I like the name of it – Dan’s Landing. If there was true justice in this fallen world, it should be a canoe launch on some remote northern lake with great shoreline flyfishing, or a put-in point on a wild stream brimming with cascading rapids and hungry wild trout. But, the reality of the situation is that Dan’s Landing is at the top of the steps leading to the upstairs bedrooms of our house.
When the children that used to fill those bedrooms were young, the landing at first was just a pass through to the bedrooms. Later, it held a small table, an office chair and our home computer. With the children all grown now with homes and families of their own, I claimed the space as a safe haven. If anyone, for any unimagined reason, would want to know who I am, or who I was, Dan’s Landing would be a great place to start.
On the wall there are wildlife paintings. One is of chickadees. I have hunted grouse, and woodcock, wild turkeys, ringneck pheasants, Hungarian partridge in Wisconsin, and even Gambrel’s quail in Nevada, but my favorite bird is the chickadee, hence the portrait. Chickadees are perpetual energy and motion. This little tuft of feathers is ever undaunted. I especially have enjoyed watching them from my deer stand. I have watched chickadees pass through, hopping tree to tree, branch to branch in the midst of icy November rain, through slanting snow and in frigid bitter temperatures – always buzzing their telltale song: “chick-a-dee-dee-dee”. I have had them land on my hat, on my shoulder, and even on arrow and on the barrel of my rifle. You can’t take life or yourself overly seriously with chickadees nearby.
You would quickly discern that I have a soft heart for outdoor things old. My dad’s Shakespeare casting rod is propped up with some whitetail antlers. It is solid fiberglass; the first fiberglass fishing pole ever on the market. I took it to a man who specializes in buying and selling old fishing gear just out of curiosity. He said it was only worth about six dollars because there were so many of them made, and the quality was so high that many thousands still survive. I am sure he was right that, but I can look at it, close my eyes and watch my father reeling in yet another perch – his favorite fish to catch and eat. It is good to know the worth of something, and the value of something, because most often they are not the same thing.
There are several old fishing lures. There are several perch-colored pikie minnow lures I collected only because my dad kept one in his old metal tackle box. I also have the boxes they came in denoting they came from the Creek Chub Bait Company of Garrett Indiana. There is a shadow box that holds two Heddon red and white plugs from the 1950’s. They were in a tackle box that belonged to one of my wife’s uncles. His wife gave me the tackle box after he passed away, and I discovered the two treasures inside. I mounted them and put them on display even though I know they would certainly still catch fish, but I can’t risk losing them as I have a habit of doing with fishing lures (usually in overhanging tree branches, underwater structure, and even occasionally in the jaw of an escaping fish).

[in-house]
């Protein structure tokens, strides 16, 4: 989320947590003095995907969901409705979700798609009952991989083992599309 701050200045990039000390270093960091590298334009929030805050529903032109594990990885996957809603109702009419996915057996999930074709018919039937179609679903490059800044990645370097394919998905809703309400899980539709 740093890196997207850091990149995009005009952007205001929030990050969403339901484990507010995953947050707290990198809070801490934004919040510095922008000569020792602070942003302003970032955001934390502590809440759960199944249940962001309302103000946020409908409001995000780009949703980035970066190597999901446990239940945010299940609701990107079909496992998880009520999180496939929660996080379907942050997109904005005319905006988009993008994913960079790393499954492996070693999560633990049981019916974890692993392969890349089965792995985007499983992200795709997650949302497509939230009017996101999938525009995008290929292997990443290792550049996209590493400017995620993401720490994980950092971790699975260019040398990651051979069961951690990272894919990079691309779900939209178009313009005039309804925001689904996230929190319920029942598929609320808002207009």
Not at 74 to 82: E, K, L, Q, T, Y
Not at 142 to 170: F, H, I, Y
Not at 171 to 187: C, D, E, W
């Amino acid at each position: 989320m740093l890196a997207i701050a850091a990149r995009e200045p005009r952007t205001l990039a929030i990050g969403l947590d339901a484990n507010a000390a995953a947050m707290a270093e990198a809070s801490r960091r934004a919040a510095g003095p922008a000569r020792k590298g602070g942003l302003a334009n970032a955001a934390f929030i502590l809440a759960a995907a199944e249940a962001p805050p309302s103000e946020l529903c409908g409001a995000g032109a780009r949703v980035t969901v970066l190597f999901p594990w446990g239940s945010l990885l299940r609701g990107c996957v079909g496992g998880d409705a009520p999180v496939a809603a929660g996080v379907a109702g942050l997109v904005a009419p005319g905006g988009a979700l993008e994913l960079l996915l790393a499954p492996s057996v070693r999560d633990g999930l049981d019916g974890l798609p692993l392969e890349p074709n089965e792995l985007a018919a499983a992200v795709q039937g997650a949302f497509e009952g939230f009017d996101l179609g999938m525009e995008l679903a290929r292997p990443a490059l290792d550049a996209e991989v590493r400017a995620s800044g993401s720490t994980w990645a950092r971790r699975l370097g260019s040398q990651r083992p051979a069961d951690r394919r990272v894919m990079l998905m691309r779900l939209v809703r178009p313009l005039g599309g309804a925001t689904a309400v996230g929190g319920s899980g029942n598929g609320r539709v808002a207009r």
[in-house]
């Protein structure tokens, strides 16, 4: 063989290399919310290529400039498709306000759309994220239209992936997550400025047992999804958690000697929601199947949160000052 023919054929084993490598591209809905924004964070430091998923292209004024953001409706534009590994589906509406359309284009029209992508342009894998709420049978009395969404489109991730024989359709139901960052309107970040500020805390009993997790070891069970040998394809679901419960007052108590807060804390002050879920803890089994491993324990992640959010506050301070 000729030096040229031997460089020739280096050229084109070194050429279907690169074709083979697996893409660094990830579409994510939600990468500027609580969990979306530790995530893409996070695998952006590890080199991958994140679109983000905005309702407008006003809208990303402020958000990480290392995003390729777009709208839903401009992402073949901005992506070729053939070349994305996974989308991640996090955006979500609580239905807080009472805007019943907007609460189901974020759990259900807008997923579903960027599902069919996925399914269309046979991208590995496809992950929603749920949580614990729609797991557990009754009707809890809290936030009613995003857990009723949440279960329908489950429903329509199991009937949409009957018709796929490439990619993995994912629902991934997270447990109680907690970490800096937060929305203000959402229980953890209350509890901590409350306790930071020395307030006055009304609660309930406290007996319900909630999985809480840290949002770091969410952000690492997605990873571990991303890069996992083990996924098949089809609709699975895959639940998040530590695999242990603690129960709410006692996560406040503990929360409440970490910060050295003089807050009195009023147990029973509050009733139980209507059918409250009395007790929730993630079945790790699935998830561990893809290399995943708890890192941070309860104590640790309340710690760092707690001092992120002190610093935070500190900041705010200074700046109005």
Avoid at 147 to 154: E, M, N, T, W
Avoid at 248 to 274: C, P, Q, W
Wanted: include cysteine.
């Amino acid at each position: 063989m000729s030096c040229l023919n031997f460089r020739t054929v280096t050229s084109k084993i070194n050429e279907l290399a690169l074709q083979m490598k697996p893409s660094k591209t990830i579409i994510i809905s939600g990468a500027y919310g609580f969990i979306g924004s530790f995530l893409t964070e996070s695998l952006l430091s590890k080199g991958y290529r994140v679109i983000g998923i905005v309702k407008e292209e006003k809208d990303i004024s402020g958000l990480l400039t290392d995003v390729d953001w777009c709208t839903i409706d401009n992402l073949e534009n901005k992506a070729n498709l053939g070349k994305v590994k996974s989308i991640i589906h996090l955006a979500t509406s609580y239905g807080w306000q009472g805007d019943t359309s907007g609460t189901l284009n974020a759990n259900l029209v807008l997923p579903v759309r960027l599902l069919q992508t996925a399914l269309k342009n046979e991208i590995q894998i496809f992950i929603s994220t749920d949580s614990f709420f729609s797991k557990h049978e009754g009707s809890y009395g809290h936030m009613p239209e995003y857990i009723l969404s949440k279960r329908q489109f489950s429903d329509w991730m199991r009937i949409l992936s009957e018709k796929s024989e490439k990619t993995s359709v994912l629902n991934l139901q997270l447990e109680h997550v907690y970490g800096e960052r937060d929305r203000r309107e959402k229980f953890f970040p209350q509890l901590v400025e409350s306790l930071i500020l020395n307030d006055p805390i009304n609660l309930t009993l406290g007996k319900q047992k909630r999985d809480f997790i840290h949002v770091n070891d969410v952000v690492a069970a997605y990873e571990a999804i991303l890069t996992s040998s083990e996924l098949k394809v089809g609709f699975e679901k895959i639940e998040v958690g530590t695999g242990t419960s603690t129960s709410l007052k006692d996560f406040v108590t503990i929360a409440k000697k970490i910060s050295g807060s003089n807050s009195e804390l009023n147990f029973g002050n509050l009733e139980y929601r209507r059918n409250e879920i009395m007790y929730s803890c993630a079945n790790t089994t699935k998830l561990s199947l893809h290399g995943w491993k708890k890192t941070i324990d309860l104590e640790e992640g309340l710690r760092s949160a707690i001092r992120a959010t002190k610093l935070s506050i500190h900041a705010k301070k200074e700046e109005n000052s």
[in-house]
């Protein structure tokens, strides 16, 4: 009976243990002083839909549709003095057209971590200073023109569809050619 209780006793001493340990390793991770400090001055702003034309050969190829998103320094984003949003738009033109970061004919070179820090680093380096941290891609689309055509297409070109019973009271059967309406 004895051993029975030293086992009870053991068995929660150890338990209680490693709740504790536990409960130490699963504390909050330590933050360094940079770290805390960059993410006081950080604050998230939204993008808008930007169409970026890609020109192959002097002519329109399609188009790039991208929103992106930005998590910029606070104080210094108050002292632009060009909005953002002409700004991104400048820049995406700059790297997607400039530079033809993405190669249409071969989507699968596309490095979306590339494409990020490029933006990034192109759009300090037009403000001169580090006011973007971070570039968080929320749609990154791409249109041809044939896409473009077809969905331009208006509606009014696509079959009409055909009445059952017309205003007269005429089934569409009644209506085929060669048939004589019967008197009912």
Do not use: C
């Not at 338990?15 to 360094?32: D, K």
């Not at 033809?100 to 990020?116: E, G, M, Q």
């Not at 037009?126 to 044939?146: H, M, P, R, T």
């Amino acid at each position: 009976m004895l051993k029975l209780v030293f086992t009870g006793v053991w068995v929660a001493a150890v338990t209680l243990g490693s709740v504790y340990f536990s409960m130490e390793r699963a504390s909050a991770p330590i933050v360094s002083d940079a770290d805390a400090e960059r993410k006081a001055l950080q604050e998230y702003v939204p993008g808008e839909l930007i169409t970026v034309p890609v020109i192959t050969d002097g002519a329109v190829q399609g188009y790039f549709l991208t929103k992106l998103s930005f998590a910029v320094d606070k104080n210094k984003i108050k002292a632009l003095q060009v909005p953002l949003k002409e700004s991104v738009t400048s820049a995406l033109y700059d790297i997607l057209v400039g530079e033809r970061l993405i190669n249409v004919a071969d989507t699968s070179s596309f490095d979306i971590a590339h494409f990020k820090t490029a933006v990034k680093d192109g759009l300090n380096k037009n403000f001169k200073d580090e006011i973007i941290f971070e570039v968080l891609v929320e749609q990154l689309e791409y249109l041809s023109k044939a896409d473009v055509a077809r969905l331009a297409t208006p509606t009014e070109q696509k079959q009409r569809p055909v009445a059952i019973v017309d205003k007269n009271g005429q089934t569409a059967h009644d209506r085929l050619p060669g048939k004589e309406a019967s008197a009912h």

There are two bookshelves, each shelf at near capacity. One holds all outdoor oriented books. Some bear the names of who I consider the masters of outdoor literature such as MacQuarrie and Hill. A good number of them are humor. I think it would surprise quite a few people who have been around me, especially in the workplace, to discover that I really do enjoy a good laugh, especially when the writer touches my younger self as Patrick Mc Manus did in his story, Poof No Eyebrows. Well, there is no sense in leaving no mystery, so that’s all I will admit about that!
But the most valuable piece in this little museum to and of myself is a little three by five-inch photograph. It is a picture of my three sons and I, taken around 1994. The boys are all holding a stringer of fish we caught while camping at Laura Lake. The weight of that stringer certainly didn’t require all three of them to lift it, but they were all so proud of our catch. I can see the “big” smallmouth bass that I caught that day. It wasn’t my biggest even up to that point, and certainly I have caught many more much larger since. But it was the biggest fish that the boys had ever witnessed being caught up to that point. It was one of those special life moments for a father when you know your sons are excited and happy, and that just then they wouldn’t want to be anywhere else or with anyone else, and yes, they were even proud of their father. And for me it was a day when all that was good in life was captured in that picture, a moment when my sons were still just mine.